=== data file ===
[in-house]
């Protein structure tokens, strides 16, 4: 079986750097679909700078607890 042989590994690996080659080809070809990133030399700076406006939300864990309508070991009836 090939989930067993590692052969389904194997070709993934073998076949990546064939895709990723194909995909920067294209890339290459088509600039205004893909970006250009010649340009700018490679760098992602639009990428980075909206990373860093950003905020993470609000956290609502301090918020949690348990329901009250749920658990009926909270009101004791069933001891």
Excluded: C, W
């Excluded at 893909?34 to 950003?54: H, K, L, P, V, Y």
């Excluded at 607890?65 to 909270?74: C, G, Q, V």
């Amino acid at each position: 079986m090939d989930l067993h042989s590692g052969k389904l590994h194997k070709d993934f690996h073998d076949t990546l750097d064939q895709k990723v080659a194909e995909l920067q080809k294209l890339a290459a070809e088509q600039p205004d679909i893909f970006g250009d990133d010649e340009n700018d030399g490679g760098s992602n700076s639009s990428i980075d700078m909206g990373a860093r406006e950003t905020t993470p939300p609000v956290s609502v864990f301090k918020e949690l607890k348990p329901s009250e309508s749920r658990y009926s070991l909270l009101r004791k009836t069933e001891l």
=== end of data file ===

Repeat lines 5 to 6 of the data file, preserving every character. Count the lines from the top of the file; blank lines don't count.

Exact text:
């Excluded at 607890?65 to 909270?74: C, G, Q, V």
């Amino acid at each position: 079986m090939d989930l067993h042989s590692g052969k389904l590994h194997k070709d993934f690996h073998d076949t990546l750097d064939q895709k990723v080659a194909e995909l920067q080809k294209l890339a290459a070809e088509q600039p205004d679909i893909f970006g250009d990133d010649e340009n700018d030399g490679g760098s992602n700076s639009s990428i980075d700078m909206g990373a860093r406006e950003t905020t993470p939300p609000v956290s609502v864990f301090k918020e949690l607890k348990p329901s009250e309508s749920r658990y009926s070991l909270l009101r004791k009836t069933e001891l």